Faith-Full Thanksgiving for a Year of Faith
Just days before people in the United States celebrate Thanksgiving, the Church gives thanks for a fruitful liturgical year.
Nov. 24 marks the close of the Church year and, in particular, finishes the celebration of a special Year of Faith that has commanded the attention of Catholics throughout the world.
It began on Oct. 11, 2012, the 50th anniversary of the opening of the Second Vatican Council and the 20th anniversary of the publication of the Catechism of the Catholic Church. It will finish this month on the Solemnity of Our Lord, Jesus Christ, Universal King.
The 13-month interlude included some surprises, most notably: Benedict XVI’s resignation and the election of Pope Francis, the Church’s first Latin-American pope. The papal conclave’s precedent-setting action seems to be propelling forward the New Evangelization, promoted by John Paul II and Benedict XVI, with a change of tone and approach to papal communications.
At the start of the Year of Faith, bishops from across the globe gathered for a Synod on the New Evangelization, and the Holy See canonized seven saints — including two American women, Marianne Cope and Kateri Tekakwitha. And later in the year, Catholics applauded the news that Popes John XXIII and John Paul II would be canonized on April 27, 2014.
Amid the whirlwind, many of the faithful could be forgiven for losing track of the reason why Pope Benedict called for a Year of Faith in the first place. Thus, as we mark the close of this historic period, we might recall Pope Benedict’s words in his apostolic letter Porta Fidei, which laid out a framework for the Year of Faith.
Benedict’s letter took note of the growing spiritual indifference of the West, but passionately rejected the suggestion that the world no longer yearned to know God the Father and to draw close to his Son, Jesus Christ.
The Year of Faith, Benedict said, would be a time of celebration for a pilgrim Church, of prayer and worship centered on the Eucharist, of evangelization and of renewed striving for holiness, inspired by the witness of the saints and martyrs.
"We must rediscover a taste for feeding ourselves on the word of God, faithfully handed down by the Church, and on the Bread of Life, offered as sustenance for his disciples (John 6:51). Indeed, the teaching of Jesus still resounds in our day with the same power: ‘Do not labor for the food which perishes, but for the food which endures to eternal life’" (John 6:27).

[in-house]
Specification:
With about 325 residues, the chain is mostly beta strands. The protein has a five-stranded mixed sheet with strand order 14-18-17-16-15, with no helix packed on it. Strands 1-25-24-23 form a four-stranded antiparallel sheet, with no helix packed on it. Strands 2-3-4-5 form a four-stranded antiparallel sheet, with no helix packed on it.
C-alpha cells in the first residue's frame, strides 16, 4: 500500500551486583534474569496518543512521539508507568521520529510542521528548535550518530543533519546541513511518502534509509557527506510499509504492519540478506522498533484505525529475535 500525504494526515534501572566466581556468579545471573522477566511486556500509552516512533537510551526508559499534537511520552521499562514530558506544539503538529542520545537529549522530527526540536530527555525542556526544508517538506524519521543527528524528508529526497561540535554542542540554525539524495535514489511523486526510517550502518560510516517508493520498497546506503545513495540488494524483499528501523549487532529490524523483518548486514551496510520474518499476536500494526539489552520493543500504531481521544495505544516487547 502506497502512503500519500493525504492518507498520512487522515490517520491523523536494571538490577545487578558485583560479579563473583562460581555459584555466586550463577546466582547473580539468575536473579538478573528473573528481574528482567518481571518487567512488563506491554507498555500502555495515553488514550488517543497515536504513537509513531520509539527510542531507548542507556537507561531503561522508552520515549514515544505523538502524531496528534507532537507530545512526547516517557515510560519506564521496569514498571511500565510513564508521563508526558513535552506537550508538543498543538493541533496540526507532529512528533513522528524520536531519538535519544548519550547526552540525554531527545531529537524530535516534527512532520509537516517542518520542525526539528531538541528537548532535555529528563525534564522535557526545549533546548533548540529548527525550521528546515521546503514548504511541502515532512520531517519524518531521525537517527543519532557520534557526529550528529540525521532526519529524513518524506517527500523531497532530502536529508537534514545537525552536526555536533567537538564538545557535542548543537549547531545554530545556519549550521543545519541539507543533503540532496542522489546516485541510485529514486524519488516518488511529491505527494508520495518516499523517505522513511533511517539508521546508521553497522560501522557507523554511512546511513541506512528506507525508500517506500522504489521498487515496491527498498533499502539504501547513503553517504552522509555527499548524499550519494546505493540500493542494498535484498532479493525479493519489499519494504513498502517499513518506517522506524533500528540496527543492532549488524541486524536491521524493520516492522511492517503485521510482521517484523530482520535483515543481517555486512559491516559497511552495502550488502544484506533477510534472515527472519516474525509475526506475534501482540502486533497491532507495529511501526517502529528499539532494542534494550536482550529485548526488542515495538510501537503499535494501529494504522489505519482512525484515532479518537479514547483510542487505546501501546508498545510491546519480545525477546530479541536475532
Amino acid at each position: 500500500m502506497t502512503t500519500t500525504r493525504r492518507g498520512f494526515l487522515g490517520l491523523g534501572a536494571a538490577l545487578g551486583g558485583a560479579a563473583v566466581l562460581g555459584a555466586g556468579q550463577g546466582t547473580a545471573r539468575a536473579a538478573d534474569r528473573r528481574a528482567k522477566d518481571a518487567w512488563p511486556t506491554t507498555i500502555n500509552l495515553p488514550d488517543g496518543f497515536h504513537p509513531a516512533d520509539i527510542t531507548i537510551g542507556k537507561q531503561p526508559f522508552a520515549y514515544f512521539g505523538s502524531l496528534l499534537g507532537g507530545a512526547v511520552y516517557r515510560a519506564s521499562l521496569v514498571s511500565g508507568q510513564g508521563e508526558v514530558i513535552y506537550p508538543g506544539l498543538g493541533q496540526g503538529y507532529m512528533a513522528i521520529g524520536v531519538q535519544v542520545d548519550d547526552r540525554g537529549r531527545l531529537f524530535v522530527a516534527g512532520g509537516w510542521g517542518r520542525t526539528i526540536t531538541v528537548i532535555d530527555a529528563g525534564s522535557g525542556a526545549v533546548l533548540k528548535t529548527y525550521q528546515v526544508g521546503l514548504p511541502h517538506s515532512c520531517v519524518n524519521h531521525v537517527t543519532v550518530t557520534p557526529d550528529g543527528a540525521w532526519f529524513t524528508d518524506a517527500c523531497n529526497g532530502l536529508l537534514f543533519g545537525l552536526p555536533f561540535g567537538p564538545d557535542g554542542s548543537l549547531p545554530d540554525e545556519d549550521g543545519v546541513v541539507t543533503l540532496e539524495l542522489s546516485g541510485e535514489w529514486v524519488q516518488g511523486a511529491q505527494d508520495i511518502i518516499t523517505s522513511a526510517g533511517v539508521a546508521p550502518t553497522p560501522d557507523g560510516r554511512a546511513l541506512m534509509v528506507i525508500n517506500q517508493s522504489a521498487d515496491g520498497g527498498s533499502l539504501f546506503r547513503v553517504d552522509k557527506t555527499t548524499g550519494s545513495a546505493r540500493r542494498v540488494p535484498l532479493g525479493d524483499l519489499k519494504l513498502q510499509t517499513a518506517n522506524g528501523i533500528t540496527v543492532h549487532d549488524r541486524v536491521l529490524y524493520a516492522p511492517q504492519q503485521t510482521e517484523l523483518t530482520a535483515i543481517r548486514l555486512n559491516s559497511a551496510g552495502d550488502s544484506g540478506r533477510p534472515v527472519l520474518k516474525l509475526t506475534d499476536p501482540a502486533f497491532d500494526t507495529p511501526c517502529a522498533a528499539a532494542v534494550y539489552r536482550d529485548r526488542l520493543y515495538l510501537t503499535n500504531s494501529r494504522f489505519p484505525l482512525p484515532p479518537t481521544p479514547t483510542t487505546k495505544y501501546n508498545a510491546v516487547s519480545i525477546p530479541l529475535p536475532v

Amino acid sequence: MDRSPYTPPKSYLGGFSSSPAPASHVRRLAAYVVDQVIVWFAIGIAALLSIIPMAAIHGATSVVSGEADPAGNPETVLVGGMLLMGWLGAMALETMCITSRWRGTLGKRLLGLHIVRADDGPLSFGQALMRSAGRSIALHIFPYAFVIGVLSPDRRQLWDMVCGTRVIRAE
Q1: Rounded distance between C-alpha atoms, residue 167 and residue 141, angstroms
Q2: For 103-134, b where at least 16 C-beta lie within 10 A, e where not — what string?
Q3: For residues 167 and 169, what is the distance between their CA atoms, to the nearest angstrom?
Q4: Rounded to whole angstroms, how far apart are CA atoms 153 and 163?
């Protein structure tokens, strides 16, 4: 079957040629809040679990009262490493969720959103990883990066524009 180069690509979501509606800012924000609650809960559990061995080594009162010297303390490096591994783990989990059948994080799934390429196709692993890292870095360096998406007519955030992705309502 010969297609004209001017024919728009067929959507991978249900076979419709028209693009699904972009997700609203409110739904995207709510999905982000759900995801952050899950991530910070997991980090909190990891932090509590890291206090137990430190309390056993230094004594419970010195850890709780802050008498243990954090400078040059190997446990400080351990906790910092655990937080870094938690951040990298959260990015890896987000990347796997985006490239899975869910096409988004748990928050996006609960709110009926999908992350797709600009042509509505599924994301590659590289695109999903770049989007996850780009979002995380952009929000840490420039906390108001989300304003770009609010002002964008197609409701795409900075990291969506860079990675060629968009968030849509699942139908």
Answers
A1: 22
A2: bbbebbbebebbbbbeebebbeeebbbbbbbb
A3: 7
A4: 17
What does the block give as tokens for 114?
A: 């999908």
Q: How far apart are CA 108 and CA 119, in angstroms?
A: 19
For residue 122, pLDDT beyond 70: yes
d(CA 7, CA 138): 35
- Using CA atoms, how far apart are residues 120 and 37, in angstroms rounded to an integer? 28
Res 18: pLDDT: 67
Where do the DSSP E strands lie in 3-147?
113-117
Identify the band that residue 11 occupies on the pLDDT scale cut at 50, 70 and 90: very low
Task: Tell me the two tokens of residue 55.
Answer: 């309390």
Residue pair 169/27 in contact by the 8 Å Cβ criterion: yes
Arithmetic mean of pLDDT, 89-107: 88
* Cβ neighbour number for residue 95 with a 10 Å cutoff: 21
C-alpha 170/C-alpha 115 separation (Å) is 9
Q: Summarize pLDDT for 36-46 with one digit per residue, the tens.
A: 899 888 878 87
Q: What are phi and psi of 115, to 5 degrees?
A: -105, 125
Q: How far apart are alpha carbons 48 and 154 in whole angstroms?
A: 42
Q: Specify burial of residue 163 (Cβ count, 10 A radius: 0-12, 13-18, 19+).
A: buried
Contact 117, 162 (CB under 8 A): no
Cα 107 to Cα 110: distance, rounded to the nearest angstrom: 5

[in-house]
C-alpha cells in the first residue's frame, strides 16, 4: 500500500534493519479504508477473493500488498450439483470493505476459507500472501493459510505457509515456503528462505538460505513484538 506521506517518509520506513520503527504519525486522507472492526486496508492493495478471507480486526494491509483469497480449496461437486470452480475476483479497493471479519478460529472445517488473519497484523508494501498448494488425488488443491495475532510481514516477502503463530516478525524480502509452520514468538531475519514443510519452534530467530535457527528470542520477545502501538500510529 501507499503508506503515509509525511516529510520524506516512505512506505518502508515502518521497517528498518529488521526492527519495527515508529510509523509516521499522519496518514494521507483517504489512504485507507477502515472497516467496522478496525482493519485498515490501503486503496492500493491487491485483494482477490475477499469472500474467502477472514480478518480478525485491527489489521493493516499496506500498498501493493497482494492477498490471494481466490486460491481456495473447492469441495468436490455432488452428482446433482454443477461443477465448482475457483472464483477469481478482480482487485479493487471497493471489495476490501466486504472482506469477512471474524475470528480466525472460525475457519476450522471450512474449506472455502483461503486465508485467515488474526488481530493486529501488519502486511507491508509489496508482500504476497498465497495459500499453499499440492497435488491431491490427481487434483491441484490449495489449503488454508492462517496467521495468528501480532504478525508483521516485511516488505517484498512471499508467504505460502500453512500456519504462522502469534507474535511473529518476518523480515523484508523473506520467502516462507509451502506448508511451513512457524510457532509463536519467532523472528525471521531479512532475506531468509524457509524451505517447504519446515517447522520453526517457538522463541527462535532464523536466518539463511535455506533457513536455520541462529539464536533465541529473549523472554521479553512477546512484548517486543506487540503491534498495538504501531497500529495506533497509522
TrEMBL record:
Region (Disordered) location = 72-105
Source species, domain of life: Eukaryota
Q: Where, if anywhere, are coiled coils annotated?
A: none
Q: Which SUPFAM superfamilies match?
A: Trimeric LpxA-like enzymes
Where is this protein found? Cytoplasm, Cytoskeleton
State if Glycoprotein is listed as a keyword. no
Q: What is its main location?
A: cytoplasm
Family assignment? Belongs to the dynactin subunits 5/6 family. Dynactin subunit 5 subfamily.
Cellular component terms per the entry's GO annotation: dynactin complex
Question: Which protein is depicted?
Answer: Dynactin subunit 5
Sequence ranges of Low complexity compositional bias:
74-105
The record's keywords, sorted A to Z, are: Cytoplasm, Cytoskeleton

For some Catholics, the demands of the workplace, fostered by technology, have posed the greatest distraction to their spiritual life. Smartphones are routinely checked during Mass, and on Sunday, the day of "rest," it can be a struggle to protect spiritual and family time.
In Porta Fidei, Benedict deplored the steady erosion of Christianity in the West as an enormous challenge to the faithful, who must believe, worship and witness the faith in a culture of relativism, indifference and even hostility. In such an age, our need for the grace of the sacraments, the wisdom of Scripture and the Church Fathers, and the witness of the saints and martyrs grows ever stronger.
The Year of Faith raised up these great gifts, by celebrating the continuity of Tradition affirmed in the publication of the Catechism of the Catholic Church in 1992 and by celebrating the holy men and women who offered up their lives to become disciples of Jesus Christ, like St. Marianne Cope, who died on the island of Molokai, serving a community of outcasts who suffered from the ancient scourge of leprosy.
In launching the Year of Faith, Benedict explained that the Church is constantly renewed through the "witness of believers." Indeed, as salvation history has long demonstrated, the economy of salvation often depends on the weakest or littlest members of the Church to do the heaviest lifting.
The Church, made up of the community of believers, "‘like a stranger in a foreign land, presses forward amid the persecutions of the world and the consolations of God,’ announcing the cross and death of the Lord until he comes (1 Corinthians 11:26)," he said, quoting a passage culled from the Second Vatican Council’s dogmatic constitution, Lumen Gentium.
With the grace of the sacraments, members of the Church receive all we need, Lumen Gentium affirmed, to share "its difficulties, both those that are from within and those that are from without, so that it may reveal in the world, faithfully, although with shadows, the mystery of its Lord until, in the end, it shall be manifested in full light."
At the close of the Year of Faith, and as we prepare for Thanksgiving, the gifts of faith and the gifts of this blessed land draw our gratitude. More than ever we must embrace and share our precious treasure, so that we truly are the salt of our communities, so that others may see the beauty that we see and cherish.
"Our hope as Christians is strong, safe and sound on this earth, where God has called us to walk, and it is open to eternity because it is founded on God, who is always faithful," said Pope Francis, in an April 13 Wednesday audience that reflected on the Year of Faith.
Francis’ words in the same address offer us a timely reminder as we enter a new liturgical year: "We must not forget: God is always faithful to us. Being raised with Christ through baptism, with the gift of faith, an inheritance that is incorruptible, prompts us to seek God’s things more often, to think of him more often and to pray to him more."